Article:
Numerical modeling of transport in very viscous flows in complex domains, with large variations in material properties, is of particular relevance to the thermal processing of materials such as polymers, ceramics, glass, and composite materials. The basic approach to simulate these flows involves simplifying the domain and approximating the nonlinear coupling of the governing equations due to property variation. The main complexities that arise and the methods to treat them are considered in this paper. Two important materials processing applications are chosen as examples to illustrate the methodology and the physical nature of the problems. These are the manufacture of optical fibers and polymer extrusion. A numerical study of the optical fiber drawing and coating processes, for relatively large draw speeds, is discussed. Large property changes occur with temperature and the geometry is complicated due to large diameter changes. A coordinate transformation is used to simplify the computational domain. The free surface, which defines the neck-down profile, is determined by using a balance of forces. The transport in the glass is calculated to obtain the temperature, velocity and defect distributions. Similarly, properties of typical polymers are strong functions of the temperature and of the shear rate, since most polymers are non-Newtonian, and the extrusion domain has to be simplified to model the transport processes. Some of the simplifications employed for the rotating environment of a single or twin-screw extruder are discussed.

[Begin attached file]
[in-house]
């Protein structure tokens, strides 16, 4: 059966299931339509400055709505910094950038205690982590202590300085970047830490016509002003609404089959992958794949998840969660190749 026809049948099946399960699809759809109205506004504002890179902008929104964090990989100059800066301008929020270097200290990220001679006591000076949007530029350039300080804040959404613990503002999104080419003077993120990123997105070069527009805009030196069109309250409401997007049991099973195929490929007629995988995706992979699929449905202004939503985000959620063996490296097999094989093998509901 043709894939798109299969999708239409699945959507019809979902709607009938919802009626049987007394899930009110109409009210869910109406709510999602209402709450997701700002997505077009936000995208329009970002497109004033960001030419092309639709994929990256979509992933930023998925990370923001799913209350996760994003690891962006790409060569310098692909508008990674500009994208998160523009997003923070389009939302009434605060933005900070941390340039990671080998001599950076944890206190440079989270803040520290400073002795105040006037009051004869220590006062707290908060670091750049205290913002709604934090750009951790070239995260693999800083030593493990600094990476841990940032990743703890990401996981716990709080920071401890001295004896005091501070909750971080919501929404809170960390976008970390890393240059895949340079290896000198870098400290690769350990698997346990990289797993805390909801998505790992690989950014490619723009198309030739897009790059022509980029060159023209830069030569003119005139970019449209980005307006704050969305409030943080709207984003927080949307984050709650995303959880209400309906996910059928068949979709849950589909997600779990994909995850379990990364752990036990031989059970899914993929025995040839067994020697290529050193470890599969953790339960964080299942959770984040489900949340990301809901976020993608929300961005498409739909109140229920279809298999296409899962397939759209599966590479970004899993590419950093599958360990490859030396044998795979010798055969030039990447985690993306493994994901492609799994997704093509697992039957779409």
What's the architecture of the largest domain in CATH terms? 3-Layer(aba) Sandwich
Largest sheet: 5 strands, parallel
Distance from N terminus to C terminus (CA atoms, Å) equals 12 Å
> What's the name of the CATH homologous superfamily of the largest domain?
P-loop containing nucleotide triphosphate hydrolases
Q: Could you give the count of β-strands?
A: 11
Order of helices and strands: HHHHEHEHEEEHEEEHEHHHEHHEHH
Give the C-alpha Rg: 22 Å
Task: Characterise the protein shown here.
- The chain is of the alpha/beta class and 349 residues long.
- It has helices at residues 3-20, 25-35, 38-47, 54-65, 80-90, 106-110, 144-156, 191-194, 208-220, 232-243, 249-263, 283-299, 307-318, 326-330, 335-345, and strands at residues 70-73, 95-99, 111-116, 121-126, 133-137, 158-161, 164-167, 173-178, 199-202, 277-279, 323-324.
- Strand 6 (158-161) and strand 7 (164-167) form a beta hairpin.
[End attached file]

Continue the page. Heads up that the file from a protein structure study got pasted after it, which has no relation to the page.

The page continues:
|Original language||English (US)|
|Number of pages||10|
|State||Published - Dec 1 2002|
|Event||Seventh International Conference on Advanced Computational Methods in Heat Transfer: Heat Transfer VII - Halkidiki, Greece|
Duration: Apr 22 2002 → Apr 24 2002
All Science Journal Classification (ASJC) codes